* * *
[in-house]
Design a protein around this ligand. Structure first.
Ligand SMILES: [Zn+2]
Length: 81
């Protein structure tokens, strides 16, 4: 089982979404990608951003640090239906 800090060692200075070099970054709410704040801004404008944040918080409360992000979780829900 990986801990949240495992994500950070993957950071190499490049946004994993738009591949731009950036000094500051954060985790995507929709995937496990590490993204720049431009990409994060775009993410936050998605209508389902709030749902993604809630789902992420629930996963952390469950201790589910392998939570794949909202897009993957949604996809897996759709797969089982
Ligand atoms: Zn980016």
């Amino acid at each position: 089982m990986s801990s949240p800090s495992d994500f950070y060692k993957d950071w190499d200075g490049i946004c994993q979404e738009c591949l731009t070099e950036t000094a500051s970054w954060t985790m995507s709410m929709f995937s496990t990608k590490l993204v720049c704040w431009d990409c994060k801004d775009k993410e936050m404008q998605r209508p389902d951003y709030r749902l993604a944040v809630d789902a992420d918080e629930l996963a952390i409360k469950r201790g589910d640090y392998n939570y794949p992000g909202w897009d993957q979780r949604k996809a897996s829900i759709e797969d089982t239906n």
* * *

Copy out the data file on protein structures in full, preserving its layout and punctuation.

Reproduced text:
[in-house]
Design a protein around this ligand. Structure first.
Ligand SMILES: [Zn+2]
Length: 81
């Protein structure tokens, strides 16, 4: 089982979404990608951003640090239906 800090060692200075070099970054709410704040801004404008944040918080409360992000979780829900 990986801990949240495992994500950070993957950071190499490049946004994993738009591949731009950036000094500051954060985790995507929709995937496990590490993204720049431009990409994060775009993410936050998605209508389902709030749902993604809630789902992420629930996963952390469950201790589910392998939570794949909202897009993957949604996809897996759709797969089982
Ligand atoms: Zn980016």
């Amino acid at each position: 089982m990986s801990s949240p800090s495992d994500f950070y060692k993957d950071w190499d200075g490049i946004c994993q979404e738009c591949l731009t070099e950036t000094a500051s970054w954060t985790m995507s709410m929709f995937s496990t990608k590490l993204v720049c704040w431009d990409c994060k801004d775009k993410e936050m404008q998605r209508p389902d951003y709030r749902l993604a944040v809630d789902a992420d918080e629930l996963a952390i409360k469950r201790g589910d640090y392998n939570y794949p992000g909202w897009d993957q979780r949604k996809a897996s829900i759709e797969d089982t239906n």